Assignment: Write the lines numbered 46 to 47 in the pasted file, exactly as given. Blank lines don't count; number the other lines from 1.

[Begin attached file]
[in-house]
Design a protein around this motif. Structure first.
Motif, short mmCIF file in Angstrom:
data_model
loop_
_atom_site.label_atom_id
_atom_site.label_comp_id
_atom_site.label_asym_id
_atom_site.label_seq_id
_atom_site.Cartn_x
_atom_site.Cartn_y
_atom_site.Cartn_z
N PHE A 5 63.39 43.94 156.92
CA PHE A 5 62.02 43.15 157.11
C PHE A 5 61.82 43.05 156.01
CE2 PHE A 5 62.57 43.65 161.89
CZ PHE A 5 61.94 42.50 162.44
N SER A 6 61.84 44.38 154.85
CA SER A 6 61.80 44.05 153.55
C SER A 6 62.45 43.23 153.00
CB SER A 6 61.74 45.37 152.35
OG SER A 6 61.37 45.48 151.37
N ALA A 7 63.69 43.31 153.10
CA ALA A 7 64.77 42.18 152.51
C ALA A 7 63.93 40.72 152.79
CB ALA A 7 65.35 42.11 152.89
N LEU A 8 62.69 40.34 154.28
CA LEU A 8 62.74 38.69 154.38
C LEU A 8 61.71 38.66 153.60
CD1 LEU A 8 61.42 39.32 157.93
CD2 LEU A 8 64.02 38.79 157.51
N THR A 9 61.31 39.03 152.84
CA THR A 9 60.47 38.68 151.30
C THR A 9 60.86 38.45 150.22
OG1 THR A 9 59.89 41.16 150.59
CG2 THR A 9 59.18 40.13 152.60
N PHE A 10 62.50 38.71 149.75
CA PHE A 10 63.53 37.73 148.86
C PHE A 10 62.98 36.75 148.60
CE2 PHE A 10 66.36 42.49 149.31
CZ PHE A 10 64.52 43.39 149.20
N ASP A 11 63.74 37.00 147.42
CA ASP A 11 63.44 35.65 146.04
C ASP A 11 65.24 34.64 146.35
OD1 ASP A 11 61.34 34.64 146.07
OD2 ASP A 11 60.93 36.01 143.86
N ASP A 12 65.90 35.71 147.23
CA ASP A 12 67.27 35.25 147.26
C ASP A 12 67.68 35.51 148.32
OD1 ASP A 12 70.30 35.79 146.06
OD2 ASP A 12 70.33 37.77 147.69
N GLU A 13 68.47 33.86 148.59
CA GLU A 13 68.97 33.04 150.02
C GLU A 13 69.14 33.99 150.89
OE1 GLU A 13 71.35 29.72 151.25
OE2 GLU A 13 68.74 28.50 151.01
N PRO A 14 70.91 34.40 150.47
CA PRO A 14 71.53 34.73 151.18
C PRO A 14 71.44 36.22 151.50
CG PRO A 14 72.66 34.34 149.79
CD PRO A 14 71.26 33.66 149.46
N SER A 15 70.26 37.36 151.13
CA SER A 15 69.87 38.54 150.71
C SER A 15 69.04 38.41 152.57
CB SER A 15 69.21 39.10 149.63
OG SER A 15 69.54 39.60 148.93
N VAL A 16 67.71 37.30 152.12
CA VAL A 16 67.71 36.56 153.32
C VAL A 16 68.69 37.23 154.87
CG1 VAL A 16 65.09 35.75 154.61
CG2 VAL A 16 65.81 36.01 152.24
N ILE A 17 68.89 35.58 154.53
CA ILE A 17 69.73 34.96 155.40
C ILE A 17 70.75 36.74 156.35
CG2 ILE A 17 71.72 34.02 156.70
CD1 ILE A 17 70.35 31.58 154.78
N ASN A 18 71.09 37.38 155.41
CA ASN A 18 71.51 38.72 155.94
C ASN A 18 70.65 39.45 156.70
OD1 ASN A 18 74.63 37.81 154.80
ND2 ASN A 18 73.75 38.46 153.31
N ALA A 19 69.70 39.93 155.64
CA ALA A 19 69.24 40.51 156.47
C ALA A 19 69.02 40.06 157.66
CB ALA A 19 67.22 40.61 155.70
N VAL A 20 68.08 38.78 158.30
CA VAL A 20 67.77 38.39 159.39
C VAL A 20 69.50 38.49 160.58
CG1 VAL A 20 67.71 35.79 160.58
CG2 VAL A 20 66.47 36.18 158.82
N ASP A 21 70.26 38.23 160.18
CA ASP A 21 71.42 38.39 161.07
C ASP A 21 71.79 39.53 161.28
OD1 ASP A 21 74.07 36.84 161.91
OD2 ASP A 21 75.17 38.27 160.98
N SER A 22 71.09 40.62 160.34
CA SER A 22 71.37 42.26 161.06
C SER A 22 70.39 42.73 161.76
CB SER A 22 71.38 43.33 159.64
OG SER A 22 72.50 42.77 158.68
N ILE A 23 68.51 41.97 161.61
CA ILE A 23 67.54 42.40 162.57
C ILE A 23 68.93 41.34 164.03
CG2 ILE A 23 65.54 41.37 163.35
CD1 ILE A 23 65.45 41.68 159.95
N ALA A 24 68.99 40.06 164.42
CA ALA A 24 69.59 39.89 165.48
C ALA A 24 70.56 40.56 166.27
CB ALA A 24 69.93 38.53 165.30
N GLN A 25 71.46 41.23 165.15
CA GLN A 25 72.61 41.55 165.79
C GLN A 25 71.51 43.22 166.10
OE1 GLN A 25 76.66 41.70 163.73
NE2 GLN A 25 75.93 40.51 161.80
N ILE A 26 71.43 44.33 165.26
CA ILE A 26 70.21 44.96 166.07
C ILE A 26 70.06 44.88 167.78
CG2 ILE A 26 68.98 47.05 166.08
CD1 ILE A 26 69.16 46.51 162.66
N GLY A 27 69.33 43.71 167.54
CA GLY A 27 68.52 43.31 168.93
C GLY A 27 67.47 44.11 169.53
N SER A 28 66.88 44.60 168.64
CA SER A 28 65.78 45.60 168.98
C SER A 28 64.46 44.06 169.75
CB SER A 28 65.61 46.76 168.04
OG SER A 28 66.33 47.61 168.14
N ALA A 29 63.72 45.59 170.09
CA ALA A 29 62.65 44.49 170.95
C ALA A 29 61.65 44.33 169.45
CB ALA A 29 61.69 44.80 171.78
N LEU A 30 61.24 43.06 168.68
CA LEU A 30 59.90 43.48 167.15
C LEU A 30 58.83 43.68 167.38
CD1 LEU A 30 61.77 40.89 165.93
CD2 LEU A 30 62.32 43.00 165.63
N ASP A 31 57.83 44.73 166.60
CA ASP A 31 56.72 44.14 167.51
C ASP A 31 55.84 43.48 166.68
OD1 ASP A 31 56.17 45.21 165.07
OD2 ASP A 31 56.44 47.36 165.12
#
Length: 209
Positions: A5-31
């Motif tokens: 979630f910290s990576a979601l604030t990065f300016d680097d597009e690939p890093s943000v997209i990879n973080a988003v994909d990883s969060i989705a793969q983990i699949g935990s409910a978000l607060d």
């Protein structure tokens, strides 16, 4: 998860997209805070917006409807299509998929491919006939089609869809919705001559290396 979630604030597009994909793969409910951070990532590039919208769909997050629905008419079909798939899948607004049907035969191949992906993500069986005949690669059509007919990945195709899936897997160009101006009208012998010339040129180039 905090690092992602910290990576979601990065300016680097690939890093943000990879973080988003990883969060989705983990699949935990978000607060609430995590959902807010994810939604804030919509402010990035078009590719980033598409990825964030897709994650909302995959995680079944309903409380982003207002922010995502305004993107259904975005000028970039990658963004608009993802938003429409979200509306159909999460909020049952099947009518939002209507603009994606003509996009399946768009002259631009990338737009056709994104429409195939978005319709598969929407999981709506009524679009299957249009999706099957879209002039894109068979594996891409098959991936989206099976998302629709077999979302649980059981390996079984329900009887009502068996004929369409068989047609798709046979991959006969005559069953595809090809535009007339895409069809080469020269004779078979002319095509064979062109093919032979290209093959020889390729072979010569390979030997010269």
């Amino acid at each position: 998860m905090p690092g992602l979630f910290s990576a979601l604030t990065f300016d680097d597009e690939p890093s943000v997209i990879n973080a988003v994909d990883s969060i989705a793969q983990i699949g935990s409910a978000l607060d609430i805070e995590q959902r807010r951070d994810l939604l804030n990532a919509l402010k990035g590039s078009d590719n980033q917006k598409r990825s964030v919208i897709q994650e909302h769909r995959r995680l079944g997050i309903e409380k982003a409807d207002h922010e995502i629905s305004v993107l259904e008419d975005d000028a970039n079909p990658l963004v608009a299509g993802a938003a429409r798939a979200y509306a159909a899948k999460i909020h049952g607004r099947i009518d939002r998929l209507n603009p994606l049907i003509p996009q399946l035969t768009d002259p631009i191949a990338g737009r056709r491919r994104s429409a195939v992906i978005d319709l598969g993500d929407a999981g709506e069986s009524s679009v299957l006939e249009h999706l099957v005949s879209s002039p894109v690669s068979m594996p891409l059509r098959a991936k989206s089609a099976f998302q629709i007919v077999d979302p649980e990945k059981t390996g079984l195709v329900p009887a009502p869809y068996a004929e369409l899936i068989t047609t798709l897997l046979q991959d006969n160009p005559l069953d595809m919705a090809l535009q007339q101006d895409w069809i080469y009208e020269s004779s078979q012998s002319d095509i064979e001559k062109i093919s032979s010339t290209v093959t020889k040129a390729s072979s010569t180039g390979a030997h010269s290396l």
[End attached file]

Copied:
OD2 ASP A 11 60.93 36.01 143.86
N ASP A 12 65.90 35.71 147.23